Meanwhile try and be kind to yourself and maybe try and think of one thing that you could do to help you improve your health this could be looking at a change to your diet or looking at ways of managing the stress you’re experiencing. Do keep asking and do talk to your surgery it can be good if you’ve got time I’ve found to go in to surgery to talk to receptionist rather than ring but realise this may not be realistic for you but I’ve found them more helpful face to face but that may just be me!
     
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  5. Suedaisy

    Suedaisy Type 2 · Well-Known Member

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    Thankyou @shelley262 i think im still finding it hard to understand everything as it came as a huge shock to be told i was diabetes by mistake as i wasnt told about my blood test in Oct 17 that i was diabetic and only by chance for another matter that the doc mentioned it and when i was retested it came back high again and was told i have been like this since jan 2016

    i was put on Metformin twice a day on 16th march but over weekend ive been feeling dizzy and weak and shaky thats why i had the glocose tablets as DN said to have something sugery

    im gunna call DN tomoz xx
     
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  6. shelley262

    shelley262 Type 2 · Well-Known Member

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    Right most important thing to say is that you may have brought your sugars down but not be used to how this feels - but may not be a good plan to take glucose tablets - as this is just what your body dosent need at the moment. I remember when I first reduced my carbs I panicked one night and couldn’t sleep because I was concerned I’d have a hypo so went and had a hot chocolate but looking back I was just anxious and the more I learnt about diabetes, Metformin and the best way to manage the condition including taking my blood sugars which often showed high not low scores when I felt dizzy! - the better I felt both in my body and my mental well-being.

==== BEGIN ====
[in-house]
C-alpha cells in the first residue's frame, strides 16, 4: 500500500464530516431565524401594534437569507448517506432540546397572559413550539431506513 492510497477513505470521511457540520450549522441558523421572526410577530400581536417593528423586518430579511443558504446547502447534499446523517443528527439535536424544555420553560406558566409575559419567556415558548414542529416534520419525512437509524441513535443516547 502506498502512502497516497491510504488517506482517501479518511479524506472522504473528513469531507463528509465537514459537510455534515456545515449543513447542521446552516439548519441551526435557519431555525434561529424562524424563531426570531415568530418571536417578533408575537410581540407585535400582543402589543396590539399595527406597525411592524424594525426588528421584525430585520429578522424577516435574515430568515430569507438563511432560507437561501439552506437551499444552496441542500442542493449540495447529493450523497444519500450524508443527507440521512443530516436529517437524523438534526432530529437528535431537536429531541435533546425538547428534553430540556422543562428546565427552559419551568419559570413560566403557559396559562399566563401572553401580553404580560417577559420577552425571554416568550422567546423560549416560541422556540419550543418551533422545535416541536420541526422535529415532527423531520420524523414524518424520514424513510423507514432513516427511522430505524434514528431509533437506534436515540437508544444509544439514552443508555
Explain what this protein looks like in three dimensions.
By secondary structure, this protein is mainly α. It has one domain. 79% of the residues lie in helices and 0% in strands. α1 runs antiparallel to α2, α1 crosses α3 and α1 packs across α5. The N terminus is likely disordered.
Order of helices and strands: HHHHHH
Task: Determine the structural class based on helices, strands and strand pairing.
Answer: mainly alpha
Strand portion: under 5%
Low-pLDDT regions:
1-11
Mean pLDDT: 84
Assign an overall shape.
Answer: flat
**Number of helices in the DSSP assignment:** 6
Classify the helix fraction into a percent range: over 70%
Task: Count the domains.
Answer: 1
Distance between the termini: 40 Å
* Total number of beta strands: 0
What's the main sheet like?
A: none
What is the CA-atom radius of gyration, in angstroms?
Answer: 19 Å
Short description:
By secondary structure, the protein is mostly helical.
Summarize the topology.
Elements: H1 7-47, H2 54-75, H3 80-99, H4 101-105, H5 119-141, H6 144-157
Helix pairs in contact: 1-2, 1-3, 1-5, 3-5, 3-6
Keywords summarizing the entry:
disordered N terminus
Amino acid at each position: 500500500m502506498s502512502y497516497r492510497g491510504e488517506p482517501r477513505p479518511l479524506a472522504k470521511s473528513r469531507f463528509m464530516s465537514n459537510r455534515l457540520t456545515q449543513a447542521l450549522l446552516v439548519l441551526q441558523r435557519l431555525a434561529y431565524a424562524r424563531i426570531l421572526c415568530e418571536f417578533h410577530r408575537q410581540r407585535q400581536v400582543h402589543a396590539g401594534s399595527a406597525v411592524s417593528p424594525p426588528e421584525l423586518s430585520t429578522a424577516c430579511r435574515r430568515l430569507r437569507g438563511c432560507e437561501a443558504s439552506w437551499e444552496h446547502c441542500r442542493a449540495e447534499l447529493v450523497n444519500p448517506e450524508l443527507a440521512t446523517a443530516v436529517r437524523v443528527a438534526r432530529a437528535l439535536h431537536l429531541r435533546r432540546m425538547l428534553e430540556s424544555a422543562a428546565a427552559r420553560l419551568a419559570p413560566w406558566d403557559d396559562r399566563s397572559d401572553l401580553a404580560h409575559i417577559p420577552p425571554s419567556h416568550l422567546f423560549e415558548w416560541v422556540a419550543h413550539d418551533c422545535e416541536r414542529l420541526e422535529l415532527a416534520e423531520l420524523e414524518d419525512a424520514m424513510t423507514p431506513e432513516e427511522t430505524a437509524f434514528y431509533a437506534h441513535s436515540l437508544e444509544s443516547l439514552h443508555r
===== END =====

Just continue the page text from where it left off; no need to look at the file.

Good luck with drs in the morning and ask for any advice you need. Presume you’ve had a good read around the forum
     
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  7. jayney27

    jayney27 Type 2 (in remission!) · Well-Known Member

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    Hello and welcome, I agree with the comments and advice already given to you from others. I would also like to add that what you are feeling seems quiet normal to me, I felt exactly the same. I was diagnosed completely out of the blue, no leading symptoms and was originally told everything was fine, huge relief, 4 days later, phone call from surgery to say that everything wasn’t fine, I was diabetic and needed to see the nurse, massive shock.
    I am not ashamed to admit I cried at my first appointment, I was so upset and scared.
    I found out as much as I could and decided to see this condition as an opportunity to take control of my health and my life. I believe we need to grieve for the loss of our pre diabetic life and that may take some of us longer than others but I am now in a better place health wise, I’m fitter than I was, I’m a lot lighter than I was and I have more energy than I did. I occasionally find myself wandering along the path of self pity but I quickly remind myself of how far I’ve come in a relatively short space of time. The changes needed to control this condition are for life which sometimes seems unfair but I’d rather it be as it is than not be here at all.
    Take your time to come to terms with your situation, take each day at a time, there may even be days when you need to take it hour by hour. You are in control of your future much more than anyone else you know right now and that can be quite motivating, I hope as we move towards better weather your outlook will also brighten and you start to see positive changes to your health and in yourself. We are all here to help when you need us and I wish you all the very best.